Bosch has provided as with a bridge of understanding that is most helpful. His book will hopefully be read by many and will most certainly provide inspiration for many scholars.
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10 of 12 people found the following review helpful By A Customer on April 3, 1999
Format: Paperback
Transforming missions is a scholarly work of importance for all scientists occupied with cross cultural encounters and matters of religion. The author, David Bosch, is one of several missologists who willingly share his rich and well documented work with other disciplines.
The book is well researched and the author is able to communicate complicated theological matters in a most convincing way. The book is readable and accessible to a long range of intrested persons and not merely to experts or specialists.
From a scholarly point of view Bosch provides the researcher with an analysis that gives a good framework for further research on the matter of missiology and historical cross cultural encounters. However, I miss references and analysis that can be more easily related to central social science authors like Giddens and Habermas and modern philosophers of care and interpersonal relationships.
I also miss a more penetrating discussion of the Eastern Orthodox churches and the paradigm shift in their missiological thinking.
Bosch has provided as with a bridge of understanding that is most helpful. His book will hopefully be read by many and will most certainly provide inspiration for many scholars.
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3 of 3 people found the following review helpful By Jeff DeSurra on April 28, 2008
Format: Paperback
This is a cornerstone for studies in missional theology. David Bosch gives a thorough analysis of Christian mission movement throughout history, starting from the biblical foundations for missions and moving through six paradigms he identifies throughout history. It is very dense, slow reading, but Bosch is also a writer who can be skimmed well. His writing is very structured, allowing a more casual reader to skim through some of the more dense sections without losing important content while still being able to converse with a more academic reader who has read the details as well. For anyone who takes mission seriously in the church, this is a must-read book.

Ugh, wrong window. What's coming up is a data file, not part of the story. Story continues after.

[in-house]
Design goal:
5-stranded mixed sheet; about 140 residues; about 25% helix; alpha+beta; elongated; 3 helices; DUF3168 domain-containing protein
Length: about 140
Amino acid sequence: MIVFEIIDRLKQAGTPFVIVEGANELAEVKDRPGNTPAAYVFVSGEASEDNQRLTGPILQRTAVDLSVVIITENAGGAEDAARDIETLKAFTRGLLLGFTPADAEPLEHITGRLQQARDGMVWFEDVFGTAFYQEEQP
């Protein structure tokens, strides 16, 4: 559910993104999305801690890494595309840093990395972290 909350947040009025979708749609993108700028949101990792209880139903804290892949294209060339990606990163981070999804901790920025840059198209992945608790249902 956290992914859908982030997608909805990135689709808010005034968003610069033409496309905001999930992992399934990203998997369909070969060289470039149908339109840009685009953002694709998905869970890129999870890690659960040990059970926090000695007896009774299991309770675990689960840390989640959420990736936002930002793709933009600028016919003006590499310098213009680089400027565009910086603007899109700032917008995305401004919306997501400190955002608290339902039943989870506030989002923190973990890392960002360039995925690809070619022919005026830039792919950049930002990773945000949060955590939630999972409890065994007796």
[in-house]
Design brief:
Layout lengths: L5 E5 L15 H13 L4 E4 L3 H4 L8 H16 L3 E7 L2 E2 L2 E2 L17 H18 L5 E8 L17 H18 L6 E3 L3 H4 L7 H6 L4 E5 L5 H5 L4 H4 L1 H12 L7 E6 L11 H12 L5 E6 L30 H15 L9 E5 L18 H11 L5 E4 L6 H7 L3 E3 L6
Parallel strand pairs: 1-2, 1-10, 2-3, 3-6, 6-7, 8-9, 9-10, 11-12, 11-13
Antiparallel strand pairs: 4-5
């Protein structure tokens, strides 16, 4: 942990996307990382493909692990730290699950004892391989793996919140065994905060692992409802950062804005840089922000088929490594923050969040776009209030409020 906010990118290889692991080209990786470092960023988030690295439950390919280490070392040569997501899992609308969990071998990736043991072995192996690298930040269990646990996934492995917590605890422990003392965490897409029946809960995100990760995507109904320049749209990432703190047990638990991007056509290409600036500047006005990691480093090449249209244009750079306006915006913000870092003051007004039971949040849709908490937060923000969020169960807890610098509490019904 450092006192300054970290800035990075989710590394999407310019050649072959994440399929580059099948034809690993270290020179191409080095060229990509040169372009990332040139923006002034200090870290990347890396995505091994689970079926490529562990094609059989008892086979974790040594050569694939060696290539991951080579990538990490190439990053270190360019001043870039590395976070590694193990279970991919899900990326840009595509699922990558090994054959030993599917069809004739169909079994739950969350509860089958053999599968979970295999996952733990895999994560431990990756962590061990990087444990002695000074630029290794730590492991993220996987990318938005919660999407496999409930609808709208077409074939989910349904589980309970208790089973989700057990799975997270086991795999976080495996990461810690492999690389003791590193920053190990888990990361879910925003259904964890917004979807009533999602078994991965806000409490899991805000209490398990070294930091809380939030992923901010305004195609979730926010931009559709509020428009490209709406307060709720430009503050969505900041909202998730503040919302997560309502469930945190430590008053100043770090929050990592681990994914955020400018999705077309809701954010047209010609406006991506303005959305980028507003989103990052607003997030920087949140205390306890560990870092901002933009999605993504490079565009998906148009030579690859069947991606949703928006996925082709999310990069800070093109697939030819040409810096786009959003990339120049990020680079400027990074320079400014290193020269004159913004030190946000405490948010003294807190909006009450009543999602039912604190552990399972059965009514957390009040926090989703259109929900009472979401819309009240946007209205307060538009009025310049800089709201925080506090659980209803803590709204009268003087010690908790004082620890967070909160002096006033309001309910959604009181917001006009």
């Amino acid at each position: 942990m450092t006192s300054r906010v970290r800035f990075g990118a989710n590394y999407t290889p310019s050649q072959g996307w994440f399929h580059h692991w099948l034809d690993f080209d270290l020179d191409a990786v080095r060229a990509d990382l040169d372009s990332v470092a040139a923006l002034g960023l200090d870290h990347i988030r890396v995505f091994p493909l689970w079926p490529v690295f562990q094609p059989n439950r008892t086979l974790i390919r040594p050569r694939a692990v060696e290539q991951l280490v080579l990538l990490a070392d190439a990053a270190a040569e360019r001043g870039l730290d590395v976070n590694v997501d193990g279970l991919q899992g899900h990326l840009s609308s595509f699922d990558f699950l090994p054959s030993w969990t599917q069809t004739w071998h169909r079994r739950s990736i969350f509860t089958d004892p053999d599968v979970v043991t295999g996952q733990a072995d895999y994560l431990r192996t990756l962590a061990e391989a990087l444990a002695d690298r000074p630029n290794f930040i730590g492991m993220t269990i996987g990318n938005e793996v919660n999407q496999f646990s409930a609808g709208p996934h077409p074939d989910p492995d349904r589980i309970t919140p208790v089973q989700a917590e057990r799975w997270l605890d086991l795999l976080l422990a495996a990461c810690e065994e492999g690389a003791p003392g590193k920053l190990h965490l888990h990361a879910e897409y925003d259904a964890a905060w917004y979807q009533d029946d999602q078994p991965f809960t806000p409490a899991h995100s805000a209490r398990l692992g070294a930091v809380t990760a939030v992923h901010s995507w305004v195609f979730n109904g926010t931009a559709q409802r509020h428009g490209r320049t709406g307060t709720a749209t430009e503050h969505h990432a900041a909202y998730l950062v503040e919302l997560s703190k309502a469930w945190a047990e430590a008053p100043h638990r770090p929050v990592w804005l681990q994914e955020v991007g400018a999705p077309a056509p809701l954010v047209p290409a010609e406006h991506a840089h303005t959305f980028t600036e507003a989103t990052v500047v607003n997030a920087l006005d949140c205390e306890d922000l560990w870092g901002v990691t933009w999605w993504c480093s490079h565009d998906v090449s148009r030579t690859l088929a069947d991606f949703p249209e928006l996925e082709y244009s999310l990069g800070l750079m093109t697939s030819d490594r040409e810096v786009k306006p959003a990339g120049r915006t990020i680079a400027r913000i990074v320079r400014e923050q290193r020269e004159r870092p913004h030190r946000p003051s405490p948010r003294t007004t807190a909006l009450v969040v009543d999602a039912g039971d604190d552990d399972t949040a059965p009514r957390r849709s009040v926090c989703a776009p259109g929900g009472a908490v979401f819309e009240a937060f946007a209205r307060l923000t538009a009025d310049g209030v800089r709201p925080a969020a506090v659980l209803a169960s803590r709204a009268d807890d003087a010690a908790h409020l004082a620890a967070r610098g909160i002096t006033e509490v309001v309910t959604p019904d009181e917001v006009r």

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2 of 2 people found the following review helpful By Benjamin Morrison on April 6, 2014
Format: Paperback Verified Purchase
This book is encyclopedic in more ways that one. First it is incredibly long. It is nearly 600 pages and the font is small and tightly spaced. Second, the tone is rather academic. Its poetic and aesthetic value may be low, but it's informational value is colossal. The author essentially traces the history of the theology of mission over the last 2,000 years of Christianity. Yes, it is as comprehensive as it sounds. But for anyone interested in a serious study of mission and more specifically the theology and thought of mission (rather than biographies), this is your book. While some sections were certainly dry, tracing the church's approach to mission throughout the centuries was fascinating (or at least it was for me). His approach to the NT holds a number of rich insights. His premise is that the NT was written in the whole context of mission and is first and foremost a book of missionary theology. The final part of the book (which probably could've been its own book) tackles the approach to mission at the threshold of the 21st century. He looks at mission as seen in a number of different ways and what each implies for mission today. If you aren't interested in an in-depth history of the theology of mission and just want the application for today, skipping to this last section will give you that (it's still over 100 pages) and is itself worth the price of the book, though I suggest reading the whole thing. This book holds some great nuggets for the patient reader.